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What is an Honor Student? MAG
We are in school to learn lessons, so let me teach you one, as you are meant to be good at this. It is the definition not only of what an honor student is but what it means to be an honor student today.
It makes sense to me, when investigating the world of honors classes and honor students, to take a look at the organization that commends those very souls who challenge their minds and their schedules, namely the National Honor Society (NHS).
Acquiring higher than a 3.5 GPA and earning the 12 points mandatory for induction, I am fortunate to be a member of the society myself. Through the process, I have seen many inspiring moments as well as ones that would surely dishearten any who witnessed the act.
If I had a nickel for every faked signature on an “NHS Tutoring Form,” I wouldn't need to put NHS on my college application because there would be no need to go. I can honestly say that all my signatures were genuine. Otherwise, my conscience would not have allowed me to accept my fancy pin and membership card. The idea of dishonoring the code of the National Honor Society is pretty ironic. Yet many of our fellow students use their intelligence to cheat the system. You may read this and wonder why any supposedly smart student would do this, or you may understand because you too have felt tempted. For those who don't know, I have one word: pressure.
The amount of pressure on high school students these days is ridiculous. When my mother attended my high school in the late 1970s, she had never heard of the ACT. I guarantee every student today has heard a lot about the ACT, even foreign exchange students. It's insane how much academics have changed in 30 years. Then, no one put much emphasis on GPA, ACT score, or extracurricular activities. And if you did, you would get in anywhere you wanted. The evolution of academic intensity has been accelerating at an unmanageable pace.
Academic pressure on teenagers has existed for many years, but my class has even more stresses. We have matured during what will later be called The Great Recession, and that is something no pushy parent or harsh teacher will understand.
We have all heard the following innumerable times the past few years: “Well, the economy is bad right now.” When we ask why so many companies and families are going bankrupt, this is the answer. When we ask why we can't go out to eat as often, this is the answer. When we ask why we can't go on a family vacation this year, sadly this is still the answer. Living in a society that is overcome by this mindset has a bigger impact on students than you might think. Many of us have had to deal with a parent losing his or her job. I have not, but I have a worried mother, 'nough said.
We have learned that in the job market right now, a four-year college degree is not enough to land you a position. Only the résumés listing the most experience, greatest level of extracurricular involvement, and degrees from the most prestigious universities will be considered. As a result, we are told not that we need to “go to college,” but that we need to “go to a good college.” This is the reason NHS candidates are using their gift of intelligence to cheat – and get away with it.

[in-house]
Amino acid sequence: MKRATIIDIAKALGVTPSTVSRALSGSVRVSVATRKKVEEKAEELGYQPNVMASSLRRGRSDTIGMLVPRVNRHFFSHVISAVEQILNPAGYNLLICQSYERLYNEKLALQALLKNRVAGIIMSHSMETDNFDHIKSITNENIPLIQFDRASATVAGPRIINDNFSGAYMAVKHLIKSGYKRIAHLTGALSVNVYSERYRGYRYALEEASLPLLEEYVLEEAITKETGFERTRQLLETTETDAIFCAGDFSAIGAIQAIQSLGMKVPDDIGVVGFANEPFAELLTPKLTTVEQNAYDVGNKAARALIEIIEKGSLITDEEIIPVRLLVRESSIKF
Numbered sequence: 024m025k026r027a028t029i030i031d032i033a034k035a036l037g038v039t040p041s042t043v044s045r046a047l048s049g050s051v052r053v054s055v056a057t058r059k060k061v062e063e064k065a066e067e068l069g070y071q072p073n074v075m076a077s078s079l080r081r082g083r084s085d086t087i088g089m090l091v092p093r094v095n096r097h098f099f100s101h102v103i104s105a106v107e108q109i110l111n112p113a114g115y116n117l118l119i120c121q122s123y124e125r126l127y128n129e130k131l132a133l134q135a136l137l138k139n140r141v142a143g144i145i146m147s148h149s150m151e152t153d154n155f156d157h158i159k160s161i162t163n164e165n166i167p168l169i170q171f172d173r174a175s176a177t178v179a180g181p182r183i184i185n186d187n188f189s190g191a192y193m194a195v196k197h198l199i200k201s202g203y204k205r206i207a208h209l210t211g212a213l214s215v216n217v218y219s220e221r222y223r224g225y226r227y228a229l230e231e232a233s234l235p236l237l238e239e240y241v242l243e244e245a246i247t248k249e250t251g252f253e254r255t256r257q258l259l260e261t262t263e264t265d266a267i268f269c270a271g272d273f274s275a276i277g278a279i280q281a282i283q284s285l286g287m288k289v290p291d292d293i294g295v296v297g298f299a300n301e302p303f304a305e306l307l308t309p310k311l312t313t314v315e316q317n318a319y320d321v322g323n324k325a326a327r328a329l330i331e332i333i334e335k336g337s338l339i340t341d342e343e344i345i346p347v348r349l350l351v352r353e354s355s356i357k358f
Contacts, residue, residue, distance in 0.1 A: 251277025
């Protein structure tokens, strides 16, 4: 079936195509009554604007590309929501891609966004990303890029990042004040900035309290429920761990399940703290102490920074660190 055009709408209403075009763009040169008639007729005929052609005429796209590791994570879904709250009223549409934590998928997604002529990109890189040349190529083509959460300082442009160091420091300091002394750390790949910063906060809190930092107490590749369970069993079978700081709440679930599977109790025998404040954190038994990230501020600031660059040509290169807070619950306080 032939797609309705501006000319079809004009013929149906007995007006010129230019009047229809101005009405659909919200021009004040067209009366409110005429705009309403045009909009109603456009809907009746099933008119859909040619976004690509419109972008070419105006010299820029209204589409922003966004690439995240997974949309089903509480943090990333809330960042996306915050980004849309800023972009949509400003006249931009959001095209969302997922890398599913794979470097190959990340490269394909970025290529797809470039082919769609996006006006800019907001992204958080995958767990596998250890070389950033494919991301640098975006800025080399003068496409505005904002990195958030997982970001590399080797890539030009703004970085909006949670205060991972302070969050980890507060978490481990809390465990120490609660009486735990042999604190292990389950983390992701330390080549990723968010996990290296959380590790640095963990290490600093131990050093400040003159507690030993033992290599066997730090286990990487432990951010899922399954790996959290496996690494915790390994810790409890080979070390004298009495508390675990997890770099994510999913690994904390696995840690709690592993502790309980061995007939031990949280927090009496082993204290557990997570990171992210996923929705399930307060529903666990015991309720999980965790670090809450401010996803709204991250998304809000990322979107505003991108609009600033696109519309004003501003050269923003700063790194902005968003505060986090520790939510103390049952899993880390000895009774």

Let's look at the method behind the madness. It's beaten into our heads that how well you do in freshman year English class can affect where you go to college, where you go to college affects whether or not you get a job, and if you cannot get a job, your life will be miserable. Basically, do your English homework or you will end up as one of the homeless people we see on the corners in downtown Chicago.
Before the added economic pressures, the definition of an honor student was someone who cared about schoolwork enough to want to take an honors class or was simply smart enough to want the challenge. Now parents push us to take weighted classes even if we aren't interested in the subject. But it's okay because we're smart and we can handle it, right?
In truth, handling stress is extremely difficult. We are driven by pressure and fear for our futures. This leads some of us to cheat, or use our brains to find the easiest way with the result that we probably don't get a lot out of the hard classes we take or the clubs we join.
The sad truth is that (like many other things in America) the honors system is corrupt. Merriam Webster's definition of honor is “good name or public esteem,” and sadly I believe that holds true here. I feel that many students who take honors classes don't take them to become academically enriched. We do it because it will look good on a college application. We play competitive sports because we want to seem well rounded. We study hard because we understand it will lead us to a better life. And that's all honor students really want. We dream of the day when we can sit in our larger-than-average house, kiss our loving family good-night, put our feet up, watch our big-screen TV and think, Thank God I did my freshman English homework.